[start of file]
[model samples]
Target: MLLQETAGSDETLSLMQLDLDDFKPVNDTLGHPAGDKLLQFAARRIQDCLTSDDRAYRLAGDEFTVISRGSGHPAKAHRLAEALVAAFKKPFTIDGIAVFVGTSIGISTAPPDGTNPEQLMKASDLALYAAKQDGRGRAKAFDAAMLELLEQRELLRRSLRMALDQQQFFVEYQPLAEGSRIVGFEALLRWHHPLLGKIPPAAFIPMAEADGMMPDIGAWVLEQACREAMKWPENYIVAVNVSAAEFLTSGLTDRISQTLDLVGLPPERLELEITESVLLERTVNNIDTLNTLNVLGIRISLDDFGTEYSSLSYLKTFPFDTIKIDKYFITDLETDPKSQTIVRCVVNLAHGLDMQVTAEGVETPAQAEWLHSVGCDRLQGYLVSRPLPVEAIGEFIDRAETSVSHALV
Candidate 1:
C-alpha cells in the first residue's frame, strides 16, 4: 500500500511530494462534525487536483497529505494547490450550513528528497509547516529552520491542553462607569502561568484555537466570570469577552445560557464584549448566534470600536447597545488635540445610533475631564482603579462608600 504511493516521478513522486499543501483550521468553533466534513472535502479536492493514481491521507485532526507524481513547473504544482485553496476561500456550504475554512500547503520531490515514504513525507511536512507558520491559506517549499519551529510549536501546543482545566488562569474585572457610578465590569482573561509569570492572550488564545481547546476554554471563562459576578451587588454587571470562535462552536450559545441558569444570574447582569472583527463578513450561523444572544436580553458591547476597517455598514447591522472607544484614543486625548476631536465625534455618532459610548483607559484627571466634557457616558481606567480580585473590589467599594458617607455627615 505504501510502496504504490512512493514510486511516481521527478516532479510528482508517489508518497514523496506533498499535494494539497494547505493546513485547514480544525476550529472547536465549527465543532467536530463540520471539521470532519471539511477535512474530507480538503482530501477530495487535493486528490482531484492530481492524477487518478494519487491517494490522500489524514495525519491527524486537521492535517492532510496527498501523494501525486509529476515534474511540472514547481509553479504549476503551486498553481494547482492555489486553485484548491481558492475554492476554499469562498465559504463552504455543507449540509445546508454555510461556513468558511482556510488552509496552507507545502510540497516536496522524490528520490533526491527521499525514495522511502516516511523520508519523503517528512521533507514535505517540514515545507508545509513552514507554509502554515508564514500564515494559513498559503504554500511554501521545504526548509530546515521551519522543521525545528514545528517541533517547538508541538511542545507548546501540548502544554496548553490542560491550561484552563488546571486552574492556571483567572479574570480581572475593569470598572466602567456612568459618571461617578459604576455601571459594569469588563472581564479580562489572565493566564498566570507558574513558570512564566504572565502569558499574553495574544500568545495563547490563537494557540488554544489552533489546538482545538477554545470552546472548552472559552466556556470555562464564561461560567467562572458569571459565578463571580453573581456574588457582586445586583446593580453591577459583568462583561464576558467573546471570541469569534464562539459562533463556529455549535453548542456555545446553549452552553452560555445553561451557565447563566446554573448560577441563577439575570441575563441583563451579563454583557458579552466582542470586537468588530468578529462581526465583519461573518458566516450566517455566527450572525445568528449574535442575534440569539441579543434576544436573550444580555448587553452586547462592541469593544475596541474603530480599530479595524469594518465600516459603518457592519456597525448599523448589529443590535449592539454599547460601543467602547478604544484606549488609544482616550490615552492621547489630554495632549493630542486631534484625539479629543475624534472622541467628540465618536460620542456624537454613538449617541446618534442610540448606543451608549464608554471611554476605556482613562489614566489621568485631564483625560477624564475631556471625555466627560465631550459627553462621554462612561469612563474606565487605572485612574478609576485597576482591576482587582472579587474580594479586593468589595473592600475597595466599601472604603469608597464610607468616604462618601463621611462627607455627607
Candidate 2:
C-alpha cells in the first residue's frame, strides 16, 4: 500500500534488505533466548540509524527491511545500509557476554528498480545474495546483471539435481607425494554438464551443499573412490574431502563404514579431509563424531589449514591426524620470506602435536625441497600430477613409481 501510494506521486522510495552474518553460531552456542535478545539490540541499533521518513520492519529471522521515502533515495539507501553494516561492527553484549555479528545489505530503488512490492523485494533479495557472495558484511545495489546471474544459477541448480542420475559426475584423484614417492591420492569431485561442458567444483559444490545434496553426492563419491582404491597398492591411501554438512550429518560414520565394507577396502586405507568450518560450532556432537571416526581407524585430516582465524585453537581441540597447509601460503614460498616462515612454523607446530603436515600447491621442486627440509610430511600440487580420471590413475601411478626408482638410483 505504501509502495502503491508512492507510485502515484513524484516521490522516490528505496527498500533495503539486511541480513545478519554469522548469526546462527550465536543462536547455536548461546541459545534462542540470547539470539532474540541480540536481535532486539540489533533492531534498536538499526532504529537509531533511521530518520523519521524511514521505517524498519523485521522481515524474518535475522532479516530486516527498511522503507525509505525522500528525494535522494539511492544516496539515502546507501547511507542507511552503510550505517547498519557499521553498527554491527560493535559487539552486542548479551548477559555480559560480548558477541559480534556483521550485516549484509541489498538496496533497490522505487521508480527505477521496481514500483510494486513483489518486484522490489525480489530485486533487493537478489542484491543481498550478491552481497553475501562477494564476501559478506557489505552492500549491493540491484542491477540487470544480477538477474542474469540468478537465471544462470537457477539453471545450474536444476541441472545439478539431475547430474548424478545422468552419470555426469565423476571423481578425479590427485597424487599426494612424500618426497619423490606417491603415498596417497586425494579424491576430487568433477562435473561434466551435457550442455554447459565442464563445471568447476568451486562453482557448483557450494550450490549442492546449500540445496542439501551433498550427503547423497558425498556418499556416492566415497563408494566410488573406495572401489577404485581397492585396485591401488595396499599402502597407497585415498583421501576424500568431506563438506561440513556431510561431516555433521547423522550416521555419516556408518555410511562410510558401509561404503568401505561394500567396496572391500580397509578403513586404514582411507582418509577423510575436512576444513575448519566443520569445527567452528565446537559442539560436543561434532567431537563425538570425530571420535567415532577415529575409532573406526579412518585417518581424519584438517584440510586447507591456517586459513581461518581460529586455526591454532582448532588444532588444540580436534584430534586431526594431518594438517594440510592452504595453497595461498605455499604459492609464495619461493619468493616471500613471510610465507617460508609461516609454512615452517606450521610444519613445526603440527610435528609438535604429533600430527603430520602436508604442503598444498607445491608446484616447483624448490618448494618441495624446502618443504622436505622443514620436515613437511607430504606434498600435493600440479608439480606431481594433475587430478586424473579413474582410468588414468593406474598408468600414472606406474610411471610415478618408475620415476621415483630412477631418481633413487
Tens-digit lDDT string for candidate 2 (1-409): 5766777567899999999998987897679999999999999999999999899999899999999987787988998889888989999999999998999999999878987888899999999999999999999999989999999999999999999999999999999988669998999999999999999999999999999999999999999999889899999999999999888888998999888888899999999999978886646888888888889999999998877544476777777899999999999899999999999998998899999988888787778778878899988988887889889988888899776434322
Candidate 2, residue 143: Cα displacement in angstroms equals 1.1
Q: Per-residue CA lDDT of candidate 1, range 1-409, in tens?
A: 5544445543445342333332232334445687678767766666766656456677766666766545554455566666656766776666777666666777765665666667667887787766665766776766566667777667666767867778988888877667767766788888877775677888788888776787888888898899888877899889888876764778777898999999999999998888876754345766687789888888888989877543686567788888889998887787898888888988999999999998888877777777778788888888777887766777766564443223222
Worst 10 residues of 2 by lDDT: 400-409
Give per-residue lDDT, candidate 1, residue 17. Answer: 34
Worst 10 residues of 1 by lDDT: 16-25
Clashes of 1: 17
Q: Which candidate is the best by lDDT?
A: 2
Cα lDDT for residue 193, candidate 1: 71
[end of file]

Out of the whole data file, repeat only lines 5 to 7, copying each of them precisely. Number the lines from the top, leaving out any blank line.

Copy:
Candidate 2:
C-alpha cells in the first residue's frame, strides 16, 4: 500500500534488505533466548540509524527491511545500509557476554528498480545474495546483471539435481607425494554438464551443499573412490574431502563404514579431509563424531589449514591426524620470506602435536625441497600430477613409481 501510494506521486522510495552474518553460531552456542535478545539490540541499533521518513520492519529471522521515502533515495539507501553494516561492527553484549555479528545489505530503488512490492523485494533479495557472495558484511545495489546471474544459477541448480542420475559426475584423484614417492591420492569431485561442458567444483559444490545434496553426492563419491582404491597398492591411501554438512550429518560414520565394507577396502586405507568450518560450532556432537571416526581407524585430516582465524585453537581441540597447509601460503614460498616462515612454523607446530603436515600447491621442486627440509610430511600440487580420471590413475601411478626408482638410483 505504501509502495502503491508512492507510485502515484513524484516521490522516490528505496527498500533495503539486511541480513545478519554469522548469526546462527550465536543462536547455536548461546541459545534462542540470547539470539532474540541480540536481535532486539540489533533492531534498536538499526532504529537509531533511521530518520523519521524511514521505517524498519523485521522481515524474518535475522532479516530486516527498511522503507525509505525522500528525494535522494539511492544516496539515502546507501547511507542507511552503510550505517547498519557499521553498527554491527560493535559487539552486542548479551548477559555480559560480548558477541559480534556483521550485516549484509541489498538496496533497490522505487521508480527505477521496481514500483510494486513483489518486484522490489525480489530485486533487493537478489542484491543481498550478491552481497553475501562477494564476501559478506557489505552492500549491493540491484542491477540487470544480477538477474542474469540468478537465471544462470537457477539453471545450474536444476541441472545439478539431475547430474548424478545422468552419470555426469565423476571423481578425479590427485597424487599426494612424500618426497619423490606417491603415498596417497586425494579424491576430487568433477562435473561434466551435457550442455554447459565442464563445471568447476568451486562453482557448483557450494550450490549442492546449500540445496542439501551433498550427503547423497558425498556418499556416492566415497563408494566410488573406495572401489577404485581397492585396485591401488595396499599402502597407497585415498583421501576424500568431506563438506561440513556431510561431516555433521547423522550416521555419516556408518555410511562410510558401509561404503568401505561394500567396496572391500580397509578403513586404514582411507582418509577423510575436512576444513575448519566443520569445527567452528565446537559442539560436543561434532567431537563425538570425530571420535567415532577415529575409532573406526579412518585417518581424519584438517584440510586447507591456517586459513581461518581460529586455526591454532582448532588444532588444540580436534584430534586431526594431518594438517594440510592452504595453497595461498605455499604459492609464495619461493619468493616471500613471510610465507617460508609461516609454512615452517606450521610444519613445526603440527610435528609438535604429533600430527603430520602436508604442503598444498607445491608446484616447483624448490618448494618441495624446502618443504622436505622443514620436515613437511607430504606434498600435493600440479608439480606431481594433475587430478586424473579413474582410468588414468593406474598408468600414472606406474610411471610415478618408475620415476621415483630412477631418481633413487
Tens-digit lDDT string for candidate 2 (1-409): 5766777567899999999998987897679999999999999999999999899999899999999987787988998889888989999999999998999999999878987888899999999999999999999999989999999999999999999999999999999988669998999999999999999999999999999999999999999999889899999999999999888888998999888888899999999999978886646888888888889999999998877544476777777899999999999899999999999998998899999988888787778778878899988988887889889988888899776434322